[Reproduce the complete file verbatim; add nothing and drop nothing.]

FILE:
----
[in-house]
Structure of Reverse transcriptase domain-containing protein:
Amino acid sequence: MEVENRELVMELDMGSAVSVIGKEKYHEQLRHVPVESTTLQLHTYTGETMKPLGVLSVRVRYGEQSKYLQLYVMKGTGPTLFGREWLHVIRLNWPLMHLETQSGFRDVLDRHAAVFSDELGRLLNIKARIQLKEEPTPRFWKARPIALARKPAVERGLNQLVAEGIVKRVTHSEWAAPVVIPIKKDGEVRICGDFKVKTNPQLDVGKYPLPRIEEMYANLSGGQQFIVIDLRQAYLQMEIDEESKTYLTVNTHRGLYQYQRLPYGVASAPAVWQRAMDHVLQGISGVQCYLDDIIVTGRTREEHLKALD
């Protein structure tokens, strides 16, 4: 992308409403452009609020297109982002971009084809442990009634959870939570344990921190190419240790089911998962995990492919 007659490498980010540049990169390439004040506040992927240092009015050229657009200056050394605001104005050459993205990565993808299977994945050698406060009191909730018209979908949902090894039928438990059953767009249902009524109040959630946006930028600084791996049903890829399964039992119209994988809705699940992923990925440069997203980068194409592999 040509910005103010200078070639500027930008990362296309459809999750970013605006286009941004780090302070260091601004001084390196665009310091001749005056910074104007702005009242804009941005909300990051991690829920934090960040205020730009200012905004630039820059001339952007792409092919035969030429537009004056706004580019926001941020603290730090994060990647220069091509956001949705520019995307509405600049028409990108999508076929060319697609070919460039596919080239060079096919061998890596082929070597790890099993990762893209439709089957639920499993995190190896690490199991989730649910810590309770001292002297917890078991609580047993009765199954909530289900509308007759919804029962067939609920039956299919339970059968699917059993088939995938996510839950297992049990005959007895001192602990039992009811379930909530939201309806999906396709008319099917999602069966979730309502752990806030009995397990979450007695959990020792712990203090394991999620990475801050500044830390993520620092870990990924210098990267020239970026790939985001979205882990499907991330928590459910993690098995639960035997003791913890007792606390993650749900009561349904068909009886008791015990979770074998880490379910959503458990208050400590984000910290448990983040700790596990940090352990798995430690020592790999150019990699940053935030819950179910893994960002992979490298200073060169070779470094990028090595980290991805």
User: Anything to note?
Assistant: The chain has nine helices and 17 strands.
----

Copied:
[in-house]
Structure of Reverse transcriptase domain-containing protein:
Amino acid sequence: MEVENRELVMELDMGSAVSVIGKEKYHEQLRHVPVESTTLQLHTYTGETMKPLGVLSVRVRYGEQSKYLQLYVMKGTGPTLFGREWLHVIRLNWPLMHLETQSGFRDVLDRHAAVFSDELGRLLNIKARIQLKEEPTPRFWKARPIALARKPAVERGLNQLVAEGIVKRVTHSEWAAPVVIPIKKDGEVRICGDFKVKTNPQLDVGKYPLPRIEEMYANLSGGQQFIVIDLRQAYLQMEIDEESKTYLTVNTHRGLYQYQRLPYGVASAPAVWQRAMDHVLQGISGVQCYLDDIIVTGRTREEHLKALD
């Protein structure tokens, strides 16, 4: 992308409403452009609020297109982002971009084809442990009634959870939570344990921190190419240790089911998962995990492919 007659490498980010540049990169390439004040506040992927240092009015050229657009200056050394605001104005050459993205990565993808299977994945050698406060009191909730018209979908949902090894039928438990059953767009249902009524109040959630946006930028600084791996049903890829399964039992119209994988809705699940992923990925440069997203980068194409592999 040509910005103010200078070639500027930008990362296309459809999750970013605006286009941004780090302070260091601004001084390196665009310091001749005056910074104007702005009242804009941005909300990051991690829920934090960040205020730009200012905004630039820059001339952007792409092919035969030429537009004056706004580019926001941020603290730090994060990647220069091509956001949705520019995307509405600049028409990108999508076929060319697609070919460039596919080239060079096919061998890596082929070597790890099993990762893209439709089957639920499993995190190896690490199991989730649910810590309770001292002297917890078991609580047993009765199954909530289900509308007759919804029962067939609920039956299919339970059968699917059993088939995938996510839950297992049990005959007895001192602990039992009811379930909530939201309806999906396709008319099917999602069966979730309502752990806030009995397990979450007695959990020792712990203090394991999620990475801050500044830390993520620092870990990924210098990267020239970026790939985001979205882990499907991330928590459910993690098995639960035997003791913890007792606390993650749900009561349904068909009886008791015990979770074998880490379910959503458990208050400590984000910290448990983040700790596990940090352990798995430690020592790999150019990699940053935030819950179910893994960002992979490298200073060169070779470094990028090595980290991805």
User: Anything to note?
Assistant: The chain has nine helices and 17 strands.